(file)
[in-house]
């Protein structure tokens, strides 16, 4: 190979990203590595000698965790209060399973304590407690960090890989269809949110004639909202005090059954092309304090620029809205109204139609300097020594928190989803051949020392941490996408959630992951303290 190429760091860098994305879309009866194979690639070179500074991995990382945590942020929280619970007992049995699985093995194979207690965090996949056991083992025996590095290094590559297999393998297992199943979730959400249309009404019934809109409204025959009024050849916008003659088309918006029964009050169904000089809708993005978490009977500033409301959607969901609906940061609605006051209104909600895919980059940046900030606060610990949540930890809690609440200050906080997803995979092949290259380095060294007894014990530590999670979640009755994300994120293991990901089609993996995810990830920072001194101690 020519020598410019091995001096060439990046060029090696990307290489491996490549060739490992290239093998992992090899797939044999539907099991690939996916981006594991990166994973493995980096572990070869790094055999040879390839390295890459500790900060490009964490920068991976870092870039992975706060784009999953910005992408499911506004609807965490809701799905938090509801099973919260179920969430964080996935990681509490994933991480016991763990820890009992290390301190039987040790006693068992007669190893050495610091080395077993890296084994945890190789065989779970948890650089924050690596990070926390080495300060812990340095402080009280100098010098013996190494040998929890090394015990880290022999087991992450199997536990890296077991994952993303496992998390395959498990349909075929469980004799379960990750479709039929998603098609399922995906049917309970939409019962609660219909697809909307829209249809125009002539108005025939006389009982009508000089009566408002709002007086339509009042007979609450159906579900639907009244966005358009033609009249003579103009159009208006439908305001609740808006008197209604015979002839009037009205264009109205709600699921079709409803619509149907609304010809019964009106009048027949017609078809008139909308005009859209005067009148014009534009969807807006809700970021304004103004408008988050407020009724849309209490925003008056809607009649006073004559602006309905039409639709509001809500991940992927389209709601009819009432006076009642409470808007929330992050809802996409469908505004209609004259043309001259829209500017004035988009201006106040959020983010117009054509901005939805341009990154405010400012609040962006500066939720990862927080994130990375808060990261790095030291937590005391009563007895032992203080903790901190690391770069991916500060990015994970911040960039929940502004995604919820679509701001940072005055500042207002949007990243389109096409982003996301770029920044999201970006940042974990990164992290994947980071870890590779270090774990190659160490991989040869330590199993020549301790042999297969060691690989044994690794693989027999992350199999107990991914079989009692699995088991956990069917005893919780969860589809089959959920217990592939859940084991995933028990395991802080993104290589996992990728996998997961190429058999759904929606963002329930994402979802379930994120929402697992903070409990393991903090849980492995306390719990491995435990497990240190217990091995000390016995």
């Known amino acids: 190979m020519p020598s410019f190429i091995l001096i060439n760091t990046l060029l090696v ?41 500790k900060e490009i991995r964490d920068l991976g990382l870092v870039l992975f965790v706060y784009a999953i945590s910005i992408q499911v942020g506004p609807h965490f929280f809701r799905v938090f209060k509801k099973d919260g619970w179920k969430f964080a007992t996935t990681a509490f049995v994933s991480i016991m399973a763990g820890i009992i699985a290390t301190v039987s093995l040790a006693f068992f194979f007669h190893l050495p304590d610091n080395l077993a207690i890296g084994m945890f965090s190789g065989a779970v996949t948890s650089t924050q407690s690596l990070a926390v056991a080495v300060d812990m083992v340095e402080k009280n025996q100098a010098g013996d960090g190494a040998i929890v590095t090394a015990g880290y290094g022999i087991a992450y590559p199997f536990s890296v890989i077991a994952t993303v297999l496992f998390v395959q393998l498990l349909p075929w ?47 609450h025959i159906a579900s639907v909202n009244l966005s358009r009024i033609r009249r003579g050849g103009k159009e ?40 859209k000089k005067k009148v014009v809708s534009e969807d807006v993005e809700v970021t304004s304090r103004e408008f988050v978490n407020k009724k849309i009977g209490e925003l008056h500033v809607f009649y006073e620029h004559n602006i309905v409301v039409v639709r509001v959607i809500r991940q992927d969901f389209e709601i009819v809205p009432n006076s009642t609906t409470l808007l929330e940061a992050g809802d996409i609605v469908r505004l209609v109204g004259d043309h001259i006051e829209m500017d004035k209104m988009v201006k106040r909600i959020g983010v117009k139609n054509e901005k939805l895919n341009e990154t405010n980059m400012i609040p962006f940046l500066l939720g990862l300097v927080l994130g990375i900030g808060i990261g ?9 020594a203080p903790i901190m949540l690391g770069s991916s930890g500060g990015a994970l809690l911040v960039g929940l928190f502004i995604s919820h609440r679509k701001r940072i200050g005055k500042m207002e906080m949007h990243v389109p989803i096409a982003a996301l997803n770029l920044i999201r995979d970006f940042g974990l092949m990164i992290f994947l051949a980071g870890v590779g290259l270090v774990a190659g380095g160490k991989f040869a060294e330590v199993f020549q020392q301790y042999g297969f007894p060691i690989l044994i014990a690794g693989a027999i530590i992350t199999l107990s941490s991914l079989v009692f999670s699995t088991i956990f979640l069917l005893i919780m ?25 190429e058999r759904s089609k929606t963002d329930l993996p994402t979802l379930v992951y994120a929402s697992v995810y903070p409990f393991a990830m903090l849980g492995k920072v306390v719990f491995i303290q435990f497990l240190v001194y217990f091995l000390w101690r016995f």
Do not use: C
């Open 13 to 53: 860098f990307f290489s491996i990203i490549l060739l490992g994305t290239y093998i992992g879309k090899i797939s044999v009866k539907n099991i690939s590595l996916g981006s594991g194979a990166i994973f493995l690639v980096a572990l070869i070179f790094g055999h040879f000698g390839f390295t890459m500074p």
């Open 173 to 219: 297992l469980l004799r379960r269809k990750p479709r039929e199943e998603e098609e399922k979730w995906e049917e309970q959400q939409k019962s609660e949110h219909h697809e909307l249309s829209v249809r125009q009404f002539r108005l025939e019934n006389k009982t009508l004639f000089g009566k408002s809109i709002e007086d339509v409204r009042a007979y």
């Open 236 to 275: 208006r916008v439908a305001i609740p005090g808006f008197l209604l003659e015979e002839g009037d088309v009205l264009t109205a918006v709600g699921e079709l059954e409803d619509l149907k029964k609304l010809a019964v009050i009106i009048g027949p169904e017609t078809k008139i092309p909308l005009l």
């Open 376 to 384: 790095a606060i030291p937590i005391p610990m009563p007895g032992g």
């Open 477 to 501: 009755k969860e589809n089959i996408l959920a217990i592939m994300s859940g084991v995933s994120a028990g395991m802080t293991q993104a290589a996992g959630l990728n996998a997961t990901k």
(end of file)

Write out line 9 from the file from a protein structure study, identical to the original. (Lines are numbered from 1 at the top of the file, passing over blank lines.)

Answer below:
């Open 477 to 501: 009755k969860e589809n089959i996408l959920a217990i592939m994300s859940g084991v995933s994120a028990g395991m802080t293991q993104a290589a996992g959630l990728n996998a997961t990901k």